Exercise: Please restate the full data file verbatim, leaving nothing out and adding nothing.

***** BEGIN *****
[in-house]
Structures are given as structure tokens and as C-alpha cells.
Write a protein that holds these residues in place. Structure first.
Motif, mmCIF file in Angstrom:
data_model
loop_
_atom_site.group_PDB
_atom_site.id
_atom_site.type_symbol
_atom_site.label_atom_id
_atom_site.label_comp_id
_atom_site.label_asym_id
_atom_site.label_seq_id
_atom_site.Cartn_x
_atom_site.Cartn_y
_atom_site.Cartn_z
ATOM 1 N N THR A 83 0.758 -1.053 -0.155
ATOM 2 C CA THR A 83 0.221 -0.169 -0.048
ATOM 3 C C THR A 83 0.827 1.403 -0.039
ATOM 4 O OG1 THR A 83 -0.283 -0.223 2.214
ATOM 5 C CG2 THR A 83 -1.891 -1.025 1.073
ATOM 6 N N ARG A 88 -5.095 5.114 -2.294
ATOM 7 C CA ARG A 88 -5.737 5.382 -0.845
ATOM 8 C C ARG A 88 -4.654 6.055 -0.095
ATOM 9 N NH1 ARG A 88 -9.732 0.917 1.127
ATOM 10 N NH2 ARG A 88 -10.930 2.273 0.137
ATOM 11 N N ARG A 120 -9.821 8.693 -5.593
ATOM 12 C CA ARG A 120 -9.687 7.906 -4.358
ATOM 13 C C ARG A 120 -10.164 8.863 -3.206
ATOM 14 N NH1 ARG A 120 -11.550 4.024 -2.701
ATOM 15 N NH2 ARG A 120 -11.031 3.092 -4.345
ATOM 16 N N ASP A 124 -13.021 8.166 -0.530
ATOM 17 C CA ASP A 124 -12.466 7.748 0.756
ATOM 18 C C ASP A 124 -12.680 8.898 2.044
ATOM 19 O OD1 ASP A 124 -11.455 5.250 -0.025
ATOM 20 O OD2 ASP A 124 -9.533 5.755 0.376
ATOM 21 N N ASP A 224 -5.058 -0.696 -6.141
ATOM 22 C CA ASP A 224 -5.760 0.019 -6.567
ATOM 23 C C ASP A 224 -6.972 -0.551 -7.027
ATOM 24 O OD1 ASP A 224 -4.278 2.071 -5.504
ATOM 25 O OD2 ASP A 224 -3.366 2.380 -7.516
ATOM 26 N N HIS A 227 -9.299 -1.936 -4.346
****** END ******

[in-house]
Structures are given as structure tokens and as C-alpha cells.
Write a protein that holds these residues in place. Structure first.
Motif, mmCIF file in Angstrom:
data_model
loop_
_atom_site.group_PDB
_atom_site.id
_atom_site.type_symbol
_atom_site.label_atom_id
_atom_site.label_comp_id
_atom_site.label_asym_id
_atom_site.label_seq_id
_atom_site.Cartn_x
_atom_site.Cartn_y
_atom_site.Cartn_z
ATOM 1 N N THR A 83 0.758 -1.053 -0.155
ATOM 2 C CA THR A 83 0.221 -0.169 -0.048
ATOM 3 C C THR A 83 0.827 1.403 -0.039
ATOM 4 O OG1 THR A 83 -0.283 -0.223 2.214
ATOM 5 C CG2 THR A 83 -1.891 -1.025 1.073
ATOM 6 N N ARG A 88 -5.095 5.114 -2.294
ATOM 7 C CA ARG A 88 -5.737 5.382 -0.845
ATOM 8 C C ARG A 88 -4.654 6.055 -0.095
ATOM 9 N NH1 ARG A 88 -9.732 0.917 1.127
ATOM 10 N NH2 ARG A 88 -10.930 2.273 0.137
ATOM 11 N N ARG A 120 -9.821 8.693 -5.593
ATOM 12 C CA ARG A 120 -9.687 7.906 -4.358
ATOM 13 C C ARG A 120 -10.164 8.863 -3.206
ATOM 14 N NH1 ARG A 120 -11.550 4.024 -2.701
ATOM 15 N NH2 ARG A 120 -11.031 3.092 -4.345
ATOM 16 N N ASP A 124 -13.021 8.166 -0.530
ATOM 17 C CA ASP A 124 -12.466 7.748 0.756
ATOM 18 C C ASP A 124 -12.680 8.898 2.044
ATOM 19 O OD1 ASP A 124 -11.455 5.250 -0.025
ATOM 20 O OD2 ASP A 124 -9.533 5.755 0.376
ATOM 21 N N ASP A 224 -5.058 -0.696 -6.141
ATOM 22 C CA ASP A 224 -5.760 0.019 -6.567
ATOM 23 C C ASP A 224 -6.972 -0.551 -7.027
ATOM 24 O OD1 ASP A 224 -4.278 2.071 -5.504
ATOM 25 O OD2 ASP A 224 -3.366 2.380 -7.516
ATOM 26 N N HIS A 227 -9.299 -1.936 -4.346